How a murder changed China as it moved toward World War II(Read article summary)
Paul French, author of 'Midnight in Peking,' tells how the murder of a British diplomat's teenage daughter shook both Chinese and foreigners in pre-war Peking.
Still, Peking has plenty of vice, much of it based right next to a diplomatic enclave full of Western-style hotels, saloons, and shops. It's a volatile mix, and in 1937 it becomes a deadly one: a vivacious young British woman is found brutally murdered and mutilated.
In his new book Midnight in Peking: How the Murder of a Young Englishwoman Haunted the Last Days of Old China, author Paul French tells the true-life story of a shocking murder that occurred as China itself stood on the edge of catastrophe in the shadow of a looming World War II.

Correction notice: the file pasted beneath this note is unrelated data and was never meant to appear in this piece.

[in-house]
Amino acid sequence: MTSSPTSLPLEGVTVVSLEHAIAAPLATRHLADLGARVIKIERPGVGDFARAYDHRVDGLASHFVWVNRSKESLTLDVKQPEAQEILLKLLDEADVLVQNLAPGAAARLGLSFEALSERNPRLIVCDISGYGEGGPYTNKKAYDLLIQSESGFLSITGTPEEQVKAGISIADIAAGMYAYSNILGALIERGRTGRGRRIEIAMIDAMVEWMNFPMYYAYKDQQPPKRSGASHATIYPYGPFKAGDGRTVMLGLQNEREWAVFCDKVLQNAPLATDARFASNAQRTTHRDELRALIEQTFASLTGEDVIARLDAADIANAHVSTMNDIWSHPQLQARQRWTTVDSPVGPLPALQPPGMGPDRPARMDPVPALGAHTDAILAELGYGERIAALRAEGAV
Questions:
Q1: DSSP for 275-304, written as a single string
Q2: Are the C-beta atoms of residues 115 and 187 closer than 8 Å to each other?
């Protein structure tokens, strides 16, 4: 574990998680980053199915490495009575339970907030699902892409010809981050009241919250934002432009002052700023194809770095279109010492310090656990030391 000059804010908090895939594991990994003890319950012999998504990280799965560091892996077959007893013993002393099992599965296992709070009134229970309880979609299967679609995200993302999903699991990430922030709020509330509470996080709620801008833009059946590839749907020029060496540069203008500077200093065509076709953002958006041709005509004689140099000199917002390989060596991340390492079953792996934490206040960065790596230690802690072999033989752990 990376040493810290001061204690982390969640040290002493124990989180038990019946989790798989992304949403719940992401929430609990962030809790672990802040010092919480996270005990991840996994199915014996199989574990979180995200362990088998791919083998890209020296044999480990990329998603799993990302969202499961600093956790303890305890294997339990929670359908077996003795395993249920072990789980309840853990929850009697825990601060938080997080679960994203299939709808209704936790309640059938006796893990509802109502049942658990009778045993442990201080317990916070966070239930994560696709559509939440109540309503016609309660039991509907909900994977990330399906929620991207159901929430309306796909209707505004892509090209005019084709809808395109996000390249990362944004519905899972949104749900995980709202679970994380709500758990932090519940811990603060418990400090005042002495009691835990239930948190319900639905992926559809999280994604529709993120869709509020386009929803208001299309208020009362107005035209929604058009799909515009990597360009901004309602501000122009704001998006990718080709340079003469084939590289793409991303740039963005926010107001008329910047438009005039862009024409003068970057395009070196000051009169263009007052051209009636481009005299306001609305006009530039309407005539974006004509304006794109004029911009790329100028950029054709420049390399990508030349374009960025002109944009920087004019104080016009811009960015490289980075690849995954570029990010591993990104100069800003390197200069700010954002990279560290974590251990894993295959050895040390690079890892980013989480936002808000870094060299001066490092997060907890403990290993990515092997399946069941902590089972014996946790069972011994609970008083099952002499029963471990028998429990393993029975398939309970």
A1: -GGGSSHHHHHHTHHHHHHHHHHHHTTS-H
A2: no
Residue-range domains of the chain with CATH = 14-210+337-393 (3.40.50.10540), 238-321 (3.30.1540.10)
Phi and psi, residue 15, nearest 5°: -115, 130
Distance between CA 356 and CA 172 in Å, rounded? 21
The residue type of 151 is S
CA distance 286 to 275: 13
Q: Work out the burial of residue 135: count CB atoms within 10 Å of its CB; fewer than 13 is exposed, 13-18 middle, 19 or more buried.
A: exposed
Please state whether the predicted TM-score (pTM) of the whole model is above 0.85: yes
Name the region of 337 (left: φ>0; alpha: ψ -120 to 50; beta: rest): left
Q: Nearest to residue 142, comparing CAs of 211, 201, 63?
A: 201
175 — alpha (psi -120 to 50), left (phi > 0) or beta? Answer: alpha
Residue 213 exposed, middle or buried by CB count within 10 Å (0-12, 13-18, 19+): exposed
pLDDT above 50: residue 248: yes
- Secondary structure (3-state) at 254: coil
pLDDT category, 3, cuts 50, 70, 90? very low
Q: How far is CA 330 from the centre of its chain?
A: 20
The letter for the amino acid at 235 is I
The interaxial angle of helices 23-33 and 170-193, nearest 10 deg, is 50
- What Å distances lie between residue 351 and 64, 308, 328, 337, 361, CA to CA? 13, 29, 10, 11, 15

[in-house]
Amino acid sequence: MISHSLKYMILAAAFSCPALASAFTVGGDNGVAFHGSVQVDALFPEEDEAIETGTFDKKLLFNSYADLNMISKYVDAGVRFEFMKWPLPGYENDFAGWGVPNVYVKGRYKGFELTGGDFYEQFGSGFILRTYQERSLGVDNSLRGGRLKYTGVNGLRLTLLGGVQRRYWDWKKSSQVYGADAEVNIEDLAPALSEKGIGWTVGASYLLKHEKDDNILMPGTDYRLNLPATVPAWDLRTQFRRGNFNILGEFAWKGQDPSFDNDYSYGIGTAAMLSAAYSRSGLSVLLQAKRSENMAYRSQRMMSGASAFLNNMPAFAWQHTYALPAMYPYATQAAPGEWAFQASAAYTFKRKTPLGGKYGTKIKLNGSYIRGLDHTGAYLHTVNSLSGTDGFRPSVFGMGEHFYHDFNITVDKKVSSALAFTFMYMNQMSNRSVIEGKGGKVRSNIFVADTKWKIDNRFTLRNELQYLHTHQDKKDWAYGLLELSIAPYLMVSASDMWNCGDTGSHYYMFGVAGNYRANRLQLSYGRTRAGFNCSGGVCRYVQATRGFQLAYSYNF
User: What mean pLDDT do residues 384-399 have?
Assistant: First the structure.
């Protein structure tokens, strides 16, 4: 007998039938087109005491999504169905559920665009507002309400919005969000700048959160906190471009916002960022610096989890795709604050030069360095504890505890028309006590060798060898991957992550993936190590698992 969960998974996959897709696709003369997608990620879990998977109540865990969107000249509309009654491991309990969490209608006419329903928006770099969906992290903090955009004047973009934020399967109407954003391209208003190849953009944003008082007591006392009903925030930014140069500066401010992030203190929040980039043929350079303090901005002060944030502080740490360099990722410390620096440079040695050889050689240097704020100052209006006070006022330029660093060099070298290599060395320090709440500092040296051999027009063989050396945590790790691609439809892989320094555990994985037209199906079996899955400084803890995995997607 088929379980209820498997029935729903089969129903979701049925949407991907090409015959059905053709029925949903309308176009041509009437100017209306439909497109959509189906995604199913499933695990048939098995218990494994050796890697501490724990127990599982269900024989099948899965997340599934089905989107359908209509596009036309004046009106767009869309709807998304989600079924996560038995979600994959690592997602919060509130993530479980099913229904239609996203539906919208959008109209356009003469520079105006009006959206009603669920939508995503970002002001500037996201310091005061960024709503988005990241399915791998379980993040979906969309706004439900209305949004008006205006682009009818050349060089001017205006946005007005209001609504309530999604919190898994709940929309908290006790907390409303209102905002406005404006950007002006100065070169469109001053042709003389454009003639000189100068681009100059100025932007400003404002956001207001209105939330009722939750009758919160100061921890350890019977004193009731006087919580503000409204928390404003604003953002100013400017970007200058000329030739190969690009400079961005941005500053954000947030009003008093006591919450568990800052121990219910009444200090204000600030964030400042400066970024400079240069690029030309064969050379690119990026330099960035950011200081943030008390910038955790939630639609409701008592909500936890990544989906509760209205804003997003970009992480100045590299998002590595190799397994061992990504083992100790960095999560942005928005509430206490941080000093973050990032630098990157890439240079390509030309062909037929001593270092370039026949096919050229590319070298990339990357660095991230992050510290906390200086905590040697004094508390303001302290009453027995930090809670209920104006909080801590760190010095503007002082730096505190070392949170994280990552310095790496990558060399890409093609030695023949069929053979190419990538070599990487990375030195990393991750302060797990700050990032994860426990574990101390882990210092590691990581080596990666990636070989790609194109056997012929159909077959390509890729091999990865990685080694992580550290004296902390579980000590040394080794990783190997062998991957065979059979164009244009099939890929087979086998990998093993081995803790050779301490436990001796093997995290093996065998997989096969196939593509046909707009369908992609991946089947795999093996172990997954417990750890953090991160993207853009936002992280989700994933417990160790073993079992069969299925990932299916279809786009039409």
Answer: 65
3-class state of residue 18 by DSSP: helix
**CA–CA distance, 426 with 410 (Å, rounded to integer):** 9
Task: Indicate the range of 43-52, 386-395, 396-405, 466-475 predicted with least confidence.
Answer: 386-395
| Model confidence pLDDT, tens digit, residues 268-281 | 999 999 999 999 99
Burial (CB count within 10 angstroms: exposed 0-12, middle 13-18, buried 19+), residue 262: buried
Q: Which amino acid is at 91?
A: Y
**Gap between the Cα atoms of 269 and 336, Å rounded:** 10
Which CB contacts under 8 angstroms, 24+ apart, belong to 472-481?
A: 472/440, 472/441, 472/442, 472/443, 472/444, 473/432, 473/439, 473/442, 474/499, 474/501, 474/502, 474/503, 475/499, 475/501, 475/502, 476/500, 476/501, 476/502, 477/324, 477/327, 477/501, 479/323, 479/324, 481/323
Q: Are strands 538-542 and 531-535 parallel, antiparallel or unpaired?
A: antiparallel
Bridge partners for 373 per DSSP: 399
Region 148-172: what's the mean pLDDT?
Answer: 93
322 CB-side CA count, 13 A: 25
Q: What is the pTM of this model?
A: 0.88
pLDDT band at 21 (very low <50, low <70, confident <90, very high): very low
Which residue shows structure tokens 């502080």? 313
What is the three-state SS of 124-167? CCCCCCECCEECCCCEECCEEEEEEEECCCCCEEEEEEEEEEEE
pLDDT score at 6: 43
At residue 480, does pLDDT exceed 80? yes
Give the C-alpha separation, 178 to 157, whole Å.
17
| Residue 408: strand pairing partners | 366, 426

"Midnight in Peking" is true-crime writing at its best, full of vivid characters, an exotic locale, secrets galore, and a truly bewildering mystery.
In an interview, French talks about the fear spawned by the death of a diplomat's daughter, the stray footnote that spawned his book, and the international "driftwood" who called China home during the Great Depression.
Q: What was happening in Peking – now Beijing – in early 1937, when the young woman was so viciously murdered?
A: This was absolutely the last gasp of old China. The Japanese have surrounded Peking, and it's not really a question of if Japan is going to invade China, but when.
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